10 Colum. J. Eur. L. 1 (2003)
George A. Bermann, Walter Gellhorn Professor of Law, Jean Monnet Professor of European Union Law and Director of European Legal Studies at Columbia University School of Law.
Ten years ago, when the Columbia Journal of European Law began, the European Union was, as we tend to say, “in a different place” than it is today. The “internal market” or, as it was called, the “1992” program had very largely been achieved, validating the institutional changes wrought by the Single European Act and boosting incalculably the Community’s credibility as a regional economic entity and potential international political force. The Member States had just successfully orchestrated what may fairly be regarded as their most ambitious Intergovernmental Conference to date, culminating in the Treaty of Maastricht. While the referendum road was by no means a smooth one, it ended with a broadly positive sigh of relief.
The actual and symbolic significance of the Maastricht Treaty cannot be overestimated. The Treaty ushered in a new and, for Europe, unprecedentedly embracing political entity in the form of the European Union, encompassing the already familiar European Communities alongside a pair of ambitious, albeit intergovernmental, “pillars” representing foreign and security policy, on the one hand, and justice and home affairs, on the other. European citizenship began to have some real content, making a small but certain step in the direction of a sense of European demos. Inscribed in the Maastricht Treaty, too, was the blueprint for an exciting economic and monetary union, with its eventual common currency and European Central Bank.
At this time, the first steps were also being taken toward integration into the Union of a broad band of central and eastern European states that had emerged from a still fresh and “heady” liberation from Soviet dominance. No one imagined that the path to full membership just then coming into view would be a smooth or simple one, but the very prospects of eastern expansion added to the buoyancy of the moment. It simply was not imagined just how painful, and unproductive in many ways, would be the next two intergovernmental conferences – Amsterdam and Nice- at which the hard decisions stemming from this massive new enlargement would mostly be taken.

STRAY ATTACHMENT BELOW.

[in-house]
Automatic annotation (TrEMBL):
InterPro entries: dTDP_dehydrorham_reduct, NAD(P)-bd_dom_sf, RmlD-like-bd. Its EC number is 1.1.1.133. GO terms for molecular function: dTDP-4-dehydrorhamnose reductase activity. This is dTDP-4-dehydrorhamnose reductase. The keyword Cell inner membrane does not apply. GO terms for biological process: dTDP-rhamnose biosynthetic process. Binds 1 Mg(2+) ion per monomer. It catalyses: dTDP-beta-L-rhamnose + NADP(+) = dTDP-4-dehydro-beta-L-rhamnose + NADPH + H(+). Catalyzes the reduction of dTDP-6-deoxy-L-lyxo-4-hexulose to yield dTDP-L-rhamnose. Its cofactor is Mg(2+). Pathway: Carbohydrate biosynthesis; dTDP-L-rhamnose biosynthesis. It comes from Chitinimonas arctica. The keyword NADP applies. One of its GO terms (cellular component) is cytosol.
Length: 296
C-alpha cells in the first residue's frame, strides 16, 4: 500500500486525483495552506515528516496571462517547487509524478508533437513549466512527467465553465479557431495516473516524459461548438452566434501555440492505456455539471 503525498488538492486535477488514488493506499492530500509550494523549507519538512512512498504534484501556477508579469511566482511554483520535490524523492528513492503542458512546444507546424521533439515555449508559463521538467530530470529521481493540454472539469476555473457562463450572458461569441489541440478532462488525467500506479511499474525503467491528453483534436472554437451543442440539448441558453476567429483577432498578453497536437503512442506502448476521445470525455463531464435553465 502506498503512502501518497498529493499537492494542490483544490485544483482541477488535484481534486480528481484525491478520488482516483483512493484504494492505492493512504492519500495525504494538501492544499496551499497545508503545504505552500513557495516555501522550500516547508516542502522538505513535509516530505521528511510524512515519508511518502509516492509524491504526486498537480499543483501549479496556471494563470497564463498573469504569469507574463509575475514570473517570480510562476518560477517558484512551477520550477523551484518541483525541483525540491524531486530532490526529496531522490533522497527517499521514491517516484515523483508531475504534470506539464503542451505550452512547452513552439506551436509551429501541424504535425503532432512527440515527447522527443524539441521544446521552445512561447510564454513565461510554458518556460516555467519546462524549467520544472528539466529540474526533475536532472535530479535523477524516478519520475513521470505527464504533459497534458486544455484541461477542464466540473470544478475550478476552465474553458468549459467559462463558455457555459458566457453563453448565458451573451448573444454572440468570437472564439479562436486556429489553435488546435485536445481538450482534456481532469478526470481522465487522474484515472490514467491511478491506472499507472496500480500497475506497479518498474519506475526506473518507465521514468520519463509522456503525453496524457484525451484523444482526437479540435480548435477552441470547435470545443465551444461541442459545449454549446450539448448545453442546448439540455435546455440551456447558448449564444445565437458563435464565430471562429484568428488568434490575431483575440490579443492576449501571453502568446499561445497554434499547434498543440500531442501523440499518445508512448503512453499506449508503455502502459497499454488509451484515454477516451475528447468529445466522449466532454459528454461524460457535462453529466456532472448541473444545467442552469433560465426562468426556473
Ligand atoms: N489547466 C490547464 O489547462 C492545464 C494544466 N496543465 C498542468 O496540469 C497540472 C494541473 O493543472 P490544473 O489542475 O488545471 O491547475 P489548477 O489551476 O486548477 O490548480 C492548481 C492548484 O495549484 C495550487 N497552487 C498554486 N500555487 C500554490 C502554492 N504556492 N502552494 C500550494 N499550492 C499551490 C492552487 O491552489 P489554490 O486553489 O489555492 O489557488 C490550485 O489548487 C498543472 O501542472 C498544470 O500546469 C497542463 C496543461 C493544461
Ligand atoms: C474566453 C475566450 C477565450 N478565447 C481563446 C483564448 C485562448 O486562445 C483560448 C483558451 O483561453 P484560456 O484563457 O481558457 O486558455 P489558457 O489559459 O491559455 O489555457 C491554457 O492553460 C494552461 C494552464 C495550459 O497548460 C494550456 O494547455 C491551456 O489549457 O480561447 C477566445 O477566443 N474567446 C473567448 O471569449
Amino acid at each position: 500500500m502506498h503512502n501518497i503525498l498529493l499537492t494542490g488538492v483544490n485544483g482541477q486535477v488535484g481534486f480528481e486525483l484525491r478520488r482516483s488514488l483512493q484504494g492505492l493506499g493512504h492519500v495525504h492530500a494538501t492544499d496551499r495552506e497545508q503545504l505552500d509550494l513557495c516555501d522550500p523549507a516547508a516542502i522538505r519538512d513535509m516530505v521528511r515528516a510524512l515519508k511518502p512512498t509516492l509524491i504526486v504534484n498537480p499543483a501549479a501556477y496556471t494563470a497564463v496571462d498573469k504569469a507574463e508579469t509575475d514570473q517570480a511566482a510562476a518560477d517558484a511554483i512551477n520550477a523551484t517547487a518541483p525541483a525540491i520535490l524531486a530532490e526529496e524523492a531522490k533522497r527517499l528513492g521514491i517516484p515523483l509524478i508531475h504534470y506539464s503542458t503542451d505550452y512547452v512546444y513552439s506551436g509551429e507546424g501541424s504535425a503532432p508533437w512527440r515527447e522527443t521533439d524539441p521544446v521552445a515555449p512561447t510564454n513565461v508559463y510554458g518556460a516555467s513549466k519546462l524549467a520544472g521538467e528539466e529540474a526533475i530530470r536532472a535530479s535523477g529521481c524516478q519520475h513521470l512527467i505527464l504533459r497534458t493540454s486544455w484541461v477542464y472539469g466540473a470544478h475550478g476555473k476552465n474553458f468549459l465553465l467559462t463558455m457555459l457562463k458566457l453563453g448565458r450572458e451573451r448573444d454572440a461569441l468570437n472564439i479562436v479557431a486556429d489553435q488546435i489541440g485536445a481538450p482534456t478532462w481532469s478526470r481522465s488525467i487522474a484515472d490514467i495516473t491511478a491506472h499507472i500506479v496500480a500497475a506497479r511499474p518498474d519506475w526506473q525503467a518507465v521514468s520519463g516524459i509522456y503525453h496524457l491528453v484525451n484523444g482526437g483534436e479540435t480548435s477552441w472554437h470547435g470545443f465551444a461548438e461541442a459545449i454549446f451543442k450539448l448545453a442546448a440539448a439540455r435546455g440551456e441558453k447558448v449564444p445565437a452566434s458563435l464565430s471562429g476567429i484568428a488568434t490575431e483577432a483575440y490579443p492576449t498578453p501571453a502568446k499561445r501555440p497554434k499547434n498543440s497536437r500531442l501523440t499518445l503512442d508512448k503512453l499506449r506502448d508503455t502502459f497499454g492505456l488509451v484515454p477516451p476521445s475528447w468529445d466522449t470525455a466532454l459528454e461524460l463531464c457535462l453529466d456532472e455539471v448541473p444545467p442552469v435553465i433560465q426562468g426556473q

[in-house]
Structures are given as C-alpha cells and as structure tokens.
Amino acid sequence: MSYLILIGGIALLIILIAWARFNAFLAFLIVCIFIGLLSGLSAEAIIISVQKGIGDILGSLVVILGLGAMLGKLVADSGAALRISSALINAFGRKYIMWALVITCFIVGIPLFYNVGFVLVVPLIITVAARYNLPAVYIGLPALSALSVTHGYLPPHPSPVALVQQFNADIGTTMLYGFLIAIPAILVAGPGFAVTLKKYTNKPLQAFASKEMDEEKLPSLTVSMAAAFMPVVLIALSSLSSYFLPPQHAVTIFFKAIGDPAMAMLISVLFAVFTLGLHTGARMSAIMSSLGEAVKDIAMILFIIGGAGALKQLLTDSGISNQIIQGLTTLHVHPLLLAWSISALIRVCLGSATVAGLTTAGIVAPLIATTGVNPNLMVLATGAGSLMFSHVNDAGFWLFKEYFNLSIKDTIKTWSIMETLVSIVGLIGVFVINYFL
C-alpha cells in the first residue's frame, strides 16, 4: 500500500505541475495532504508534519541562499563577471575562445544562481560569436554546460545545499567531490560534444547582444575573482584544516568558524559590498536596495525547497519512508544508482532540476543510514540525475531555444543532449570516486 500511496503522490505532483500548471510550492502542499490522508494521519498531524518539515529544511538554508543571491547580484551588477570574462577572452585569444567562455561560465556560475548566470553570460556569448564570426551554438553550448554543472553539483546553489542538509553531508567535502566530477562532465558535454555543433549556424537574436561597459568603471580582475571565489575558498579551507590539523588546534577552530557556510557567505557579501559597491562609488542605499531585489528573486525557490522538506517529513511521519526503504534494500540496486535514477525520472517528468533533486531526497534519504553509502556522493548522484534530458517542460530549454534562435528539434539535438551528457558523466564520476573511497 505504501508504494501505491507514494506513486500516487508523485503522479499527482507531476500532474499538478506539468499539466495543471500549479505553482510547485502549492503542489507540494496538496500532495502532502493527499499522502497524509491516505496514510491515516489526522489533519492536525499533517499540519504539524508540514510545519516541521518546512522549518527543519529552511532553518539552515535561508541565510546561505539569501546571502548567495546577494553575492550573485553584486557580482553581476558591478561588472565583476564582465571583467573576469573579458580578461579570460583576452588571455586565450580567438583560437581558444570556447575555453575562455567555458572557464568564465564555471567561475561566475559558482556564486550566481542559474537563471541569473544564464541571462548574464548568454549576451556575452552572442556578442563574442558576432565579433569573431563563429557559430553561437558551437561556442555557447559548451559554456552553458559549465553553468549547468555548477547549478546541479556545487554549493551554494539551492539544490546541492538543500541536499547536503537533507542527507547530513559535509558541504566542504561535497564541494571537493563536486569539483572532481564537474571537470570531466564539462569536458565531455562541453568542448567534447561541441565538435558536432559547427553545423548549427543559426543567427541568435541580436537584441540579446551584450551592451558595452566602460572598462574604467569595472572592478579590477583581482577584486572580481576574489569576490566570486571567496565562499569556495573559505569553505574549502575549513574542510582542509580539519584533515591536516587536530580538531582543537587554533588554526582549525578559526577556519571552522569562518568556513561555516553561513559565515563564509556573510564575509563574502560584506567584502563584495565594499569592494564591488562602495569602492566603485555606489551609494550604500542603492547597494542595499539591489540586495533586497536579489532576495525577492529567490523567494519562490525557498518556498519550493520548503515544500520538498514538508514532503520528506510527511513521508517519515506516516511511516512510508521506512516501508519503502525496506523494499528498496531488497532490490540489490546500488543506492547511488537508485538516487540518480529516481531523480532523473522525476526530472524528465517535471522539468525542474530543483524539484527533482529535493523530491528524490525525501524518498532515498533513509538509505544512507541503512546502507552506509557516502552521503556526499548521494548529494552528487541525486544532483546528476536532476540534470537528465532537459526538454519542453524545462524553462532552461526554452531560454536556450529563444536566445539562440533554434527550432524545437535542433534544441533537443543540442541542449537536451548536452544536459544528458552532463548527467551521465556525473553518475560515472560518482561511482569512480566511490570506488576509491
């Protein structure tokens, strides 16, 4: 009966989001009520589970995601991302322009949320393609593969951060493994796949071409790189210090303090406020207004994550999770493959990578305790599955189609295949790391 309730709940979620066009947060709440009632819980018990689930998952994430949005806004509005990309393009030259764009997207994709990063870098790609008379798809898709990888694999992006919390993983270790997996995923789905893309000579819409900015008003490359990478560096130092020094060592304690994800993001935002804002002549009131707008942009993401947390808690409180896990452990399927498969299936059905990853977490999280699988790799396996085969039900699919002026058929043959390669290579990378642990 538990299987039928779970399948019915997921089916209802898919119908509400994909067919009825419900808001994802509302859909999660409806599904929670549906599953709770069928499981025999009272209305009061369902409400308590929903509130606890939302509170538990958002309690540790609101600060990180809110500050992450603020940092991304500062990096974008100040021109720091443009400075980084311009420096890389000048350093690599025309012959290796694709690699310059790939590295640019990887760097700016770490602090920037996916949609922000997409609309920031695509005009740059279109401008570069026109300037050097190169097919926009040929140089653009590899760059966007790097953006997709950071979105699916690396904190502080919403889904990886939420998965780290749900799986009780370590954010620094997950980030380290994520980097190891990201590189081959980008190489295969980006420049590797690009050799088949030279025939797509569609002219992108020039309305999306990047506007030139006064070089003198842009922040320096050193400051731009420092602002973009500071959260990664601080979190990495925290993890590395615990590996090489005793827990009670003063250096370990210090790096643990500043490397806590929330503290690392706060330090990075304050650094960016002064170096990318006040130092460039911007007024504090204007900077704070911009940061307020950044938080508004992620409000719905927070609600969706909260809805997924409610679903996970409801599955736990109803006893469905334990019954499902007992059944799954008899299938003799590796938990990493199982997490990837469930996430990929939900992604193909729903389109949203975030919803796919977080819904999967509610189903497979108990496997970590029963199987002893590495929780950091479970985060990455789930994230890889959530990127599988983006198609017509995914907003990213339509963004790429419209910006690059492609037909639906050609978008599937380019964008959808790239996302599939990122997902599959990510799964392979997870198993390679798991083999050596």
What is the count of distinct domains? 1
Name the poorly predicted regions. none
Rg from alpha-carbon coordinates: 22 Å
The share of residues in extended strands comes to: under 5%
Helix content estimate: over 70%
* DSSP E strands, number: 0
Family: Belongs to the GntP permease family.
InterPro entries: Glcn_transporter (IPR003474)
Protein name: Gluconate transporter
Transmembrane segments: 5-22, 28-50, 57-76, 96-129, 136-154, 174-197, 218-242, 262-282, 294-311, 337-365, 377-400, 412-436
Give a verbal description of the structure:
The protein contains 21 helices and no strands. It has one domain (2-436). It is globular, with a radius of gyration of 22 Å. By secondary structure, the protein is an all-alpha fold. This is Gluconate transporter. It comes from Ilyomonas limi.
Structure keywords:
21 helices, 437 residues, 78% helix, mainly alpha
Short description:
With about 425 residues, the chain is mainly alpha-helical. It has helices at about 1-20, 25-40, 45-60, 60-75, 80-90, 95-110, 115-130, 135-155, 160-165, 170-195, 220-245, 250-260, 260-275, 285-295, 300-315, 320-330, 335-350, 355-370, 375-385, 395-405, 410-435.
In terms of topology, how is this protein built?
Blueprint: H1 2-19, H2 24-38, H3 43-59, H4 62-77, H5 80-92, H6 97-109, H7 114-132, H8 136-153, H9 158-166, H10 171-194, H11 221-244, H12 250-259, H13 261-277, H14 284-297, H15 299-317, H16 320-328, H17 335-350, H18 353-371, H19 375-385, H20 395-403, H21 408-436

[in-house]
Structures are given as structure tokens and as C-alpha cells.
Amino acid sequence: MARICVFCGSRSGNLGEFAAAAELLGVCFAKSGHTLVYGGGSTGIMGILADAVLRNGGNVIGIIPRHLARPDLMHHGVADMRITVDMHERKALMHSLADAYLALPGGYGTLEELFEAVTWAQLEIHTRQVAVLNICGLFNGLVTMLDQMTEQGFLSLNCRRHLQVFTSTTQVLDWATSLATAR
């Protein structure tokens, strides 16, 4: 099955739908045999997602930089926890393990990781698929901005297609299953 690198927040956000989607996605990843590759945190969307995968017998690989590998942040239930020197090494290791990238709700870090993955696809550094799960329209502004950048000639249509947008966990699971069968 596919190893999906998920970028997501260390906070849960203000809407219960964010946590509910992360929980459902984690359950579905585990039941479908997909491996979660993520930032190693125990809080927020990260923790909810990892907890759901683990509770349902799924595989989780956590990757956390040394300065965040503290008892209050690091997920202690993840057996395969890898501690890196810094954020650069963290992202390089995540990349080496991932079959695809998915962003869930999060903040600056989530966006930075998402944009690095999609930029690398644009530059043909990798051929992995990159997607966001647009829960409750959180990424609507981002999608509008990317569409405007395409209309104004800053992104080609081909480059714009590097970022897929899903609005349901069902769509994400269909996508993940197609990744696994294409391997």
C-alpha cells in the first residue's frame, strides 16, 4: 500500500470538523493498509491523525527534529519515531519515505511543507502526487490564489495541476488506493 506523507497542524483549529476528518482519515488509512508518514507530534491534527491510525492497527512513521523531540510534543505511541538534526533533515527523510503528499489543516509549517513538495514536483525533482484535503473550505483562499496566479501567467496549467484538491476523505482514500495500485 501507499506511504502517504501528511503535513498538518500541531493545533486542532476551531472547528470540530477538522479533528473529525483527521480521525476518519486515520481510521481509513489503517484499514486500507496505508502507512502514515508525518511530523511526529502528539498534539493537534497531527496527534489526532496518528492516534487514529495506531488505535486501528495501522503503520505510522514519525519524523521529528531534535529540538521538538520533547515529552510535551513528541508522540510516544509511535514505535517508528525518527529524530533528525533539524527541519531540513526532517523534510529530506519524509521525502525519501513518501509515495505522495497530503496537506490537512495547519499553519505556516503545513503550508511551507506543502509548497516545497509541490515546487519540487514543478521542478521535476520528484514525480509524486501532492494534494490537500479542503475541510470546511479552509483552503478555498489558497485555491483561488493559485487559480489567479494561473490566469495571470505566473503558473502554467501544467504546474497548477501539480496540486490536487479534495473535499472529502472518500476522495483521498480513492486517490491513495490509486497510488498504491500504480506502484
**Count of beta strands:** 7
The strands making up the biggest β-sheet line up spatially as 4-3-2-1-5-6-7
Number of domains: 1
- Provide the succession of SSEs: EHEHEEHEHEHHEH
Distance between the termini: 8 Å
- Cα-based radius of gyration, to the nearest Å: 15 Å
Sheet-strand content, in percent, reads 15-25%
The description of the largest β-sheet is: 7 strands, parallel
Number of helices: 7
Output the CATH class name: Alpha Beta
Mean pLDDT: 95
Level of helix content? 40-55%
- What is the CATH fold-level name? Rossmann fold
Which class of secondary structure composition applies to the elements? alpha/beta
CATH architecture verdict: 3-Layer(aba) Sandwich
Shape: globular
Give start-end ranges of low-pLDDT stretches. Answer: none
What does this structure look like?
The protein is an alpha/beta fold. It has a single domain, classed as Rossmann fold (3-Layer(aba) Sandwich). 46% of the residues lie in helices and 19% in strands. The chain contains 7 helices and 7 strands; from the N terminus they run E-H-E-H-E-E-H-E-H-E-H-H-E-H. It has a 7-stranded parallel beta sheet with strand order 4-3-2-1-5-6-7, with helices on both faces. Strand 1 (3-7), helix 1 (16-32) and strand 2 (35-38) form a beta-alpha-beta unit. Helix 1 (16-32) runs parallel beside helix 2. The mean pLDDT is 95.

It is perhaps unfair to compare moments of exhilaration, born of new bold initiatives, with the inevitably long and sometimes agonizing processes that follow and that enable those initiatives to be realized. By its nature, achievement of the economic and monetary union was a staged and rather technical affair. So, too, of course, has been enlargement, with its periodic country-by-country assessments of progress toward meeting multitudinous accession criteria. Surely the Charter of Fundamental Rights could be, and was, looked upon as an inspired and inspiring development, both in its content and in the novel convention method through which it emerged. But even assessments of it were more often than not tempered by recognition of its limitations, not least that the Charter was not to be fully integrated into the treaties and that it was declared, by its own terms, to be legally unenforceable. At the same time, treaty amendments – particularly the various special regimes and sweeping derogations ushered in by the Amsterdam Treaty -brought the complexity of the Union’s architecture to an altogether new level.